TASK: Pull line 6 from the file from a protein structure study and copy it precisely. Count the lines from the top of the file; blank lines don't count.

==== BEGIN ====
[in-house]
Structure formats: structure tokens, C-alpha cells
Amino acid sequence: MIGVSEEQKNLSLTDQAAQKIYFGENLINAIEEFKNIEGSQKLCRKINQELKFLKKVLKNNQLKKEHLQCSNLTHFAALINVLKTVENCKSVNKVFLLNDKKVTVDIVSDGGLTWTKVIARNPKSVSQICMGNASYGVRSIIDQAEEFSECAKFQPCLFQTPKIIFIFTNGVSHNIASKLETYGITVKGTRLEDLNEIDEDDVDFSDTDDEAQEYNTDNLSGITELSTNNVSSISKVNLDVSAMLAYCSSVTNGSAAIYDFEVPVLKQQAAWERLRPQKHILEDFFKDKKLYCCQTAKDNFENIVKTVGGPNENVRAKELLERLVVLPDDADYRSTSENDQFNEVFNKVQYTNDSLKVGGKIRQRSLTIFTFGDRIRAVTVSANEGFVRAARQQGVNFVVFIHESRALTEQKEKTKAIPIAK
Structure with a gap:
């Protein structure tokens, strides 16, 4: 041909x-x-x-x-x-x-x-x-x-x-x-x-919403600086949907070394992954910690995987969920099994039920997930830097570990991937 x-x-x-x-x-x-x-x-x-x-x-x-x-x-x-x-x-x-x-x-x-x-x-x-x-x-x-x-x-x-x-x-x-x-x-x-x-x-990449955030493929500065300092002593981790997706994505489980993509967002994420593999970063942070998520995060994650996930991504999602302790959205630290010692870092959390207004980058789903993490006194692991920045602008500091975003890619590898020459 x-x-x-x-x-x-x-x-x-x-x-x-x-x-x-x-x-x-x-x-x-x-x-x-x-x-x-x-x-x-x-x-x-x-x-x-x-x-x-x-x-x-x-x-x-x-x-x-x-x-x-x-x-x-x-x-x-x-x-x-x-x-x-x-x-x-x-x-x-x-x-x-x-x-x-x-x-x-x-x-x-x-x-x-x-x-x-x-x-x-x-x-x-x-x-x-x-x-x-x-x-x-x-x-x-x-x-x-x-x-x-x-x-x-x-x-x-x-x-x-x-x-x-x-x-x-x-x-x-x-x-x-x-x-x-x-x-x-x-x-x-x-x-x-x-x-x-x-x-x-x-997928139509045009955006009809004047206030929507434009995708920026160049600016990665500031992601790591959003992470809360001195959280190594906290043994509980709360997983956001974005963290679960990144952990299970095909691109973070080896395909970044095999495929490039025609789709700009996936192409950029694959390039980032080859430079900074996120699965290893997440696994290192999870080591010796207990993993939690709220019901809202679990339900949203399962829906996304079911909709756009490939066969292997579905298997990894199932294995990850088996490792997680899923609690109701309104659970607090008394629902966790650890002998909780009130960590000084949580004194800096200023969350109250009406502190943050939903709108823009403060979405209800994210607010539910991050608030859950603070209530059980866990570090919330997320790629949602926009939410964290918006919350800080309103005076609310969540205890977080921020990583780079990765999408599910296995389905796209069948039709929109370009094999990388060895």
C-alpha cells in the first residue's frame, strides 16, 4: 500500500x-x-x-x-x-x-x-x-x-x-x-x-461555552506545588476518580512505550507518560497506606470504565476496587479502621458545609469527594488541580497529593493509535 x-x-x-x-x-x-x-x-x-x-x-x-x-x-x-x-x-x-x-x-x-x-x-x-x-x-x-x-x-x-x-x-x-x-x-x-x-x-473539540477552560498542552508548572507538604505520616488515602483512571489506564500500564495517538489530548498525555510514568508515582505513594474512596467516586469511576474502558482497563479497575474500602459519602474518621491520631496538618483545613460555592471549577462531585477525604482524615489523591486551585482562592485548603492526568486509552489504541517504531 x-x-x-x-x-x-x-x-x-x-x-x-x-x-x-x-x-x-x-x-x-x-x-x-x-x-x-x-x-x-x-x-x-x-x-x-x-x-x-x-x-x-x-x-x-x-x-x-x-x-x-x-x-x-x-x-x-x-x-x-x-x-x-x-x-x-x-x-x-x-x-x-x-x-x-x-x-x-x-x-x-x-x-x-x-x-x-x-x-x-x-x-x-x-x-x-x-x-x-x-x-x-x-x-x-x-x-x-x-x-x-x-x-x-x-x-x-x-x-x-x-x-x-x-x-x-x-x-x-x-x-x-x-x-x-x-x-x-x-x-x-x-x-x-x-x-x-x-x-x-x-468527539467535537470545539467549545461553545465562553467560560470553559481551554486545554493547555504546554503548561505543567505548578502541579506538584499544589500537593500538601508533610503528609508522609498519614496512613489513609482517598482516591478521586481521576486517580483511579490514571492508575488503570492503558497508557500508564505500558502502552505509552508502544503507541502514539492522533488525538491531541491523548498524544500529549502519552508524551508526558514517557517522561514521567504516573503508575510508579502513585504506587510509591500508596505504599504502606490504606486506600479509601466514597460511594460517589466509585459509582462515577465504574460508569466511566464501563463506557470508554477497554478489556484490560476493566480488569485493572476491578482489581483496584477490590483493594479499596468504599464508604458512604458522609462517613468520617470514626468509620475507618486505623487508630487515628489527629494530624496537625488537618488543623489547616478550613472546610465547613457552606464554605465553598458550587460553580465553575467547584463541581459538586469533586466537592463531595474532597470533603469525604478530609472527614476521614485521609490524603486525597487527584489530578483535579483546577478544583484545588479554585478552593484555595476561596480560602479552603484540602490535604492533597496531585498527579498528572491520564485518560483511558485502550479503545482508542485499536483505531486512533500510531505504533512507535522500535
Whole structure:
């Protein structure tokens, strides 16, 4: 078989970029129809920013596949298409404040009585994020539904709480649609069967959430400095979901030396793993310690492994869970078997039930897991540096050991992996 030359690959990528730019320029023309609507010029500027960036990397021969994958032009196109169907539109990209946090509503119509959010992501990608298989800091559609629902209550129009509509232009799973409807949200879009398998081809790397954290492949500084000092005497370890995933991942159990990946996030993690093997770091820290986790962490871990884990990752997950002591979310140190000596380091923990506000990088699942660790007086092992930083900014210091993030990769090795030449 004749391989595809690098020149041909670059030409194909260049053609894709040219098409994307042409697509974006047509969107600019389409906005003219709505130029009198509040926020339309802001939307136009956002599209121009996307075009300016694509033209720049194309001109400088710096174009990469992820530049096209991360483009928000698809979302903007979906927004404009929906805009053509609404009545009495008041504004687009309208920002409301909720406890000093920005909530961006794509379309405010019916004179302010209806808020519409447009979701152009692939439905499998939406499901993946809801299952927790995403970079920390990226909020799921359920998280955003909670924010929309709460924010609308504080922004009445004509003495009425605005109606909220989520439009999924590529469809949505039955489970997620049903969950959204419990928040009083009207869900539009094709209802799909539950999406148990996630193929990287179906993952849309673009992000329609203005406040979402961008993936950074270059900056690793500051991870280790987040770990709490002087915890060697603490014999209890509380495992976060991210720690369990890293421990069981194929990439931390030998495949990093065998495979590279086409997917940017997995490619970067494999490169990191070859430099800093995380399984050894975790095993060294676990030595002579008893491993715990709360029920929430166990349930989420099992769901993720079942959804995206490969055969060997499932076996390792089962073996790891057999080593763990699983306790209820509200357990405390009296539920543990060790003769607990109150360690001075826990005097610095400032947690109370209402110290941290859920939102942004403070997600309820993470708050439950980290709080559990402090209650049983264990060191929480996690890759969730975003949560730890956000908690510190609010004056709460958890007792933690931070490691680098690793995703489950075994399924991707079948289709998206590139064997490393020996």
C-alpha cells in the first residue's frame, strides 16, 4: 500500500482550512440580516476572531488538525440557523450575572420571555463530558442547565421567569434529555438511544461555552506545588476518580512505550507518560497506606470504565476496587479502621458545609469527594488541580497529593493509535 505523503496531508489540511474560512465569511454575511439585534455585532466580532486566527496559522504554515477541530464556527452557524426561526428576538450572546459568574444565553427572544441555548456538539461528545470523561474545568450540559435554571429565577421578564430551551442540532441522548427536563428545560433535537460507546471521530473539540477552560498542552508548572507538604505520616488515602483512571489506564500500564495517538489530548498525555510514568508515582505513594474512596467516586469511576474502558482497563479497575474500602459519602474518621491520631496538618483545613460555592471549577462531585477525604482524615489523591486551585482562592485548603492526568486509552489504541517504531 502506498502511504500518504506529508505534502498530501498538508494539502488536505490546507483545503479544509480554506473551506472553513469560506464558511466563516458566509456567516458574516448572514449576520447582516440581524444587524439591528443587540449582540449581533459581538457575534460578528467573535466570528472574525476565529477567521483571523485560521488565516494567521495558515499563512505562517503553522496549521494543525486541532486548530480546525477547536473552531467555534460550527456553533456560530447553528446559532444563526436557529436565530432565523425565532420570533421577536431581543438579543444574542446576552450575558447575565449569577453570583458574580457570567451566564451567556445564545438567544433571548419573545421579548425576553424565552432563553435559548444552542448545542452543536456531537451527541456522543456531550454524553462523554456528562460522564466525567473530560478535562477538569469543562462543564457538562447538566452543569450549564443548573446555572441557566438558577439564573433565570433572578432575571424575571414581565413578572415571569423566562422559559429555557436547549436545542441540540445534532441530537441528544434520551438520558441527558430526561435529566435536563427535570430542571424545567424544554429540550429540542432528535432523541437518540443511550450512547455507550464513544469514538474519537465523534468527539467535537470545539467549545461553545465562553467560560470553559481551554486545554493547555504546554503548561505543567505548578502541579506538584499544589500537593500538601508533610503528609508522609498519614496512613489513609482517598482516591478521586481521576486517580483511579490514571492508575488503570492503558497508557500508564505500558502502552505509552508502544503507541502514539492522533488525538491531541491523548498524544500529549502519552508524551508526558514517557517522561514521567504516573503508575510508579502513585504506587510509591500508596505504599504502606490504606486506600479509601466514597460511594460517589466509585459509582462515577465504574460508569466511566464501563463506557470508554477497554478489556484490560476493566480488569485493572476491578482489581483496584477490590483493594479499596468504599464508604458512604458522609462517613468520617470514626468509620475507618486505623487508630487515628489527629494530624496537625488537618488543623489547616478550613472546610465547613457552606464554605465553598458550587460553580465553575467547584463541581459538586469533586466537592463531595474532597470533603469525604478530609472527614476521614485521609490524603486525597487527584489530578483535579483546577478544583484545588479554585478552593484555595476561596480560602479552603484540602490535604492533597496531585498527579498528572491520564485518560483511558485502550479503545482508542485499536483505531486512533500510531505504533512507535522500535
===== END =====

C-alpha cells in the first residue's frame, strides 16, 4: 500500500x-x-x-x-x-x-x-x-x-x-x-x-461555552506545588476518580512505550507518560497506606470504565476496587479502621458545609469527594488541580497529593493509535 x-x-x-x-x-x-x-x-x-x-x-x-x-x-x-x-x-x-x-x-x-x-x-x-x-x-x-x-x-x-x-x-x-x-x-x-x-x-473539540477552560498542552508548572507538604505520616488515602483512571489506564500500564495517538489530548498525555510514568508515582505513594474512596467516586469511576474502558482497563479497575474500602459519602474518621491520631496538618483545613460555592471549577462531585477525604482524615489523591486551585482562592485548603492526568486509552489504541517504531 x-x-x-x-x-x-x-x-x-x-x-x-x-x-x-x-x-x-x-x-x-x-x-x-x-x-x-x-x-x-x-x-x-x-x-x-x-x-x-x-x-x-x-x-x-x-x-x-x-x-x-x-x-x-x-x-x-x-x-x-x-x-x-x-x-x-x-x-x-x-x-x-x-x-x-x-x-x-x-x-x-x-x-x-x-x-x-x-x-x-x-x-x-x-x-x-x-x-x-x-x-x-x-x-x-x-x-x-x-x-x-x-x-x-x-x-x-x-x-x-x-x-x-x-x-x-x-x-x-x-x-x-x-x-x-x-x-x-x-x-x-x-x-x-x-x-x-x-x-x-x-468527539467535537470545539467549545461553545465562553467560560470553559481551554486545554493547555504546554503548561505543567505548578502541579506538584499544589500537593500538601508533610503528609508522609498519614496512613489513609482517598482516591478521586481521576486517580483511579490514571492508575488503570492503558497508557500508564505500558502502552505509552508502544503507541502514539492522533488525538491531541491523548498524544500529549502519552508524551508526558514517557517522561514521567504516573503508575510508579502513585504506587510509591500508596505504599504502606490504606486506600479509601466514597460511594460517589466509585459509582462515577465504574460508569466511566464501563463506557470508554477497554478489556484490560476493566480488569485493572476491578482489581483496584477490590483493594479499596468504599464508604458512604458522609462517613468520617470514626468509620475507618486505623487508630487515628489527629494530624496537625488537618488543623489547616478550613472546610465547613457552606464554605465553598458550587460553580465553575467547584463541581459538586469533586466537592463531595474532597470533603469525604478530609472527614476521614485521609490524603486525597487527584489530578483535579483546577478544583484545588479554585478552593484555595476561596480560602479552603484540602490535604492533597496531585498527579498528572491520564485518560483511558485502550479503545482508542485499536483505531486512533500510531505504533512507535522500535